Alex spent the next night in her bed. And the next. And the next.

It became a pastime. Alex went back to Cal, but Stanford's fall break was only two weeks later and Kelley found herself tangled up in the taller girl's sheets, both hands fisted in her hair as she bit her lip hard enough to bleed, attempting to keep quiet as her legs shook uncontrollably. It wasn't like she was unused to sex — she was successful enough with a series of flings throughout college, and there'd been her high school boyfriend — but Alex was fire, she was rough and ragged at the edges, she left Kelley more hungry than she'd been before they started.

The drive from Cal to Stanford was, in short, a bitch. It was two hours in San Francisco traffic which wasn't, Alex always pointed out, as bad as Los Angeles traffic. But it was still a bitch. Even so, they found time once a month for a weekend together, spent mostly in bed or at parties or tangled up and hungover in bed.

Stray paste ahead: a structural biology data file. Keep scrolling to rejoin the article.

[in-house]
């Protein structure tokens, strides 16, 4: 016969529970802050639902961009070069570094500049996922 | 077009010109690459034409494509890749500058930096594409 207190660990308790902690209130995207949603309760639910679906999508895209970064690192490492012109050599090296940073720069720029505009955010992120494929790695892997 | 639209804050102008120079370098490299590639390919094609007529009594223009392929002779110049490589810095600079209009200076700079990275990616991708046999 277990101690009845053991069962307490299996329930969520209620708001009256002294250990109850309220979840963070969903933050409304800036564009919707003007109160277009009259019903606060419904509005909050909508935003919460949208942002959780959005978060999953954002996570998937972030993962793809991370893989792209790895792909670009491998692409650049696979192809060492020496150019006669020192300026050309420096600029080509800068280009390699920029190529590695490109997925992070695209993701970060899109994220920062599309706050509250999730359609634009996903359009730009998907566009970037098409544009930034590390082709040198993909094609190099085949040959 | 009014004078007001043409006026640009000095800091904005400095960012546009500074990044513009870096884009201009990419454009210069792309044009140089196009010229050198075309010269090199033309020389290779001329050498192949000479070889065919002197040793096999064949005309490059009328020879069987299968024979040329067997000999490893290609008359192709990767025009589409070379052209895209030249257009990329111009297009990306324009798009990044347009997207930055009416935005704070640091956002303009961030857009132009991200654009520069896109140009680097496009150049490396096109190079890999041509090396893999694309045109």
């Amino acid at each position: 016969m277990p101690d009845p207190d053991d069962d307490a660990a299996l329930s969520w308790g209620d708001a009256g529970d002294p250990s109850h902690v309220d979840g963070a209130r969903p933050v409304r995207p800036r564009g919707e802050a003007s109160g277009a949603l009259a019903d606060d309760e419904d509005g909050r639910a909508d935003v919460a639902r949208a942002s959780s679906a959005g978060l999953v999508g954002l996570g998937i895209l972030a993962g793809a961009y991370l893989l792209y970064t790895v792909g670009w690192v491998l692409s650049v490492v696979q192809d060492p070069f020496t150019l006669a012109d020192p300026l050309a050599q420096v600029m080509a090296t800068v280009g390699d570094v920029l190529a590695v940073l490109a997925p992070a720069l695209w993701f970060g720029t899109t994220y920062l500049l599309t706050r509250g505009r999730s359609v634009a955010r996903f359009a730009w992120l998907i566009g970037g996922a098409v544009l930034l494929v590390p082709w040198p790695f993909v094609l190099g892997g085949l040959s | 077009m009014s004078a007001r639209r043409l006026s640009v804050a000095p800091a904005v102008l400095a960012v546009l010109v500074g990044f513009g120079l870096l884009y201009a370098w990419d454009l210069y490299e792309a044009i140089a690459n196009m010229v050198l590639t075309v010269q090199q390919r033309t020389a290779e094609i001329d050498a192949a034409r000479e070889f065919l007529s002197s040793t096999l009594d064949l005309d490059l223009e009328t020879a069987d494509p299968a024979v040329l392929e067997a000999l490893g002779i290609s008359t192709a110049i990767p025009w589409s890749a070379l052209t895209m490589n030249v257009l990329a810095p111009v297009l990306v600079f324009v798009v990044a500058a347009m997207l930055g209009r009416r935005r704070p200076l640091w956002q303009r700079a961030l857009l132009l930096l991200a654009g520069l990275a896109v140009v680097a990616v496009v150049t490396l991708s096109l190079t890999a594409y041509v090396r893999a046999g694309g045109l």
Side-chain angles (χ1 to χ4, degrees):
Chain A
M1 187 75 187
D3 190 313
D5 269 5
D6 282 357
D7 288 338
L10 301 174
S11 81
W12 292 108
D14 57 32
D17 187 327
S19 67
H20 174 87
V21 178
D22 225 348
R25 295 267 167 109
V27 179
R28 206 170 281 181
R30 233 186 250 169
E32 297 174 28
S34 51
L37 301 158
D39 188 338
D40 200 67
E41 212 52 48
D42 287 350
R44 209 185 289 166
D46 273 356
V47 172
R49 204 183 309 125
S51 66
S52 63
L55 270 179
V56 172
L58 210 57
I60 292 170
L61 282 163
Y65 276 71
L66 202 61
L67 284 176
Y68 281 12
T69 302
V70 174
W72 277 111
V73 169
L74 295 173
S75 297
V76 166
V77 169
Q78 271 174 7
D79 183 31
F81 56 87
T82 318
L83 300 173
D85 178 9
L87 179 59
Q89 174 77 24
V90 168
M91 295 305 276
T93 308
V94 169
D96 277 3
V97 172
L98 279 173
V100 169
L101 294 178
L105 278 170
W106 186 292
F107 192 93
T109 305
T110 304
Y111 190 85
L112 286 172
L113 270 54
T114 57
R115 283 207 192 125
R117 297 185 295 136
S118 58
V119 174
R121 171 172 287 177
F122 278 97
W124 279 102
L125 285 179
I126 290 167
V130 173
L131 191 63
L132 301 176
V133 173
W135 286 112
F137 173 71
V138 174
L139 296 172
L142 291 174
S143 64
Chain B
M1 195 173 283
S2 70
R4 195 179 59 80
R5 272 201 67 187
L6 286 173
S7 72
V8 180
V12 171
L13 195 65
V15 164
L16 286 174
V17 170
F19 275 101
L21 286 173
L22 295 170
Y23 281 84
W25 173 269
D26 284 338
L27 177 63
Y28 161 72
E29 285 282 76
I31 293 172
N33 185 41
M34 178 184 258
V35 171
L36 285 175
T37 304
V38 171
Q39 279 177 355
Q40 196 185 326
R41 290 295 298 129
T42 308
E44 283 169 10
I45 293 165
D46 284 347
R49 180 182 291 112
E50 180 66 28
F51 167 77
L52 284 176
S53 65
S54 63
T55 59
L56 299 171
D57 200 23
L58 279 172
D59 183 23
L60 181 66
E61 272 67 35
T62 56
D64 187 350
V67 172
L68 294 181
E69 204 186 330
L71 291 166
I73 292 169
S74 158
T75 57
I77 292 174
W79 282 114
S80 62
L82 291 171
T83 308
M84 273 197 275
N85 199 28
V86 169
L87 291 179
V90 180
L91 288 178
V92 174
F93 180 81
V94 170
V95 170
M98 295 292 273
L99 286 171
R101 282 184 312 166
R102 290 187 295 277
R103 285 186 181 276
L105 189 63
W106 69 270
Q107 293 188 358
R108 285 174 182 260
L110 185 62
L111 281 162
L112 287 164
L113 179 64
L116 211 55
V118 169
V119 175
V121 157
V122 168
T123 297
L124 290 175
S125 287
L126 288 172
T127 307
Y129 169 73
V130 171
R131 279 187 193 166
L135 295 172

"You guys are cute," Tobin had commented once over lunch, and Kelley had rolled her eyes, shooting her friend a pointed look.

"We aren't anything," she muttered. "Except for having sex. That we are. We're doing that a lot."

"Right, if you two aren't a couple I don't know what is," Tobin shot back, and Kelley raised her gaze immediately to look at her friend, eyes wide and glittering with a mix of excitement and glee.

"Oh, you want to talk about couples?" Kelley leaned onto one elbow, a murderous smile filling her face. "Because there's a certain someone I wouldn't mind talking very loudly about right now. In fact, why—"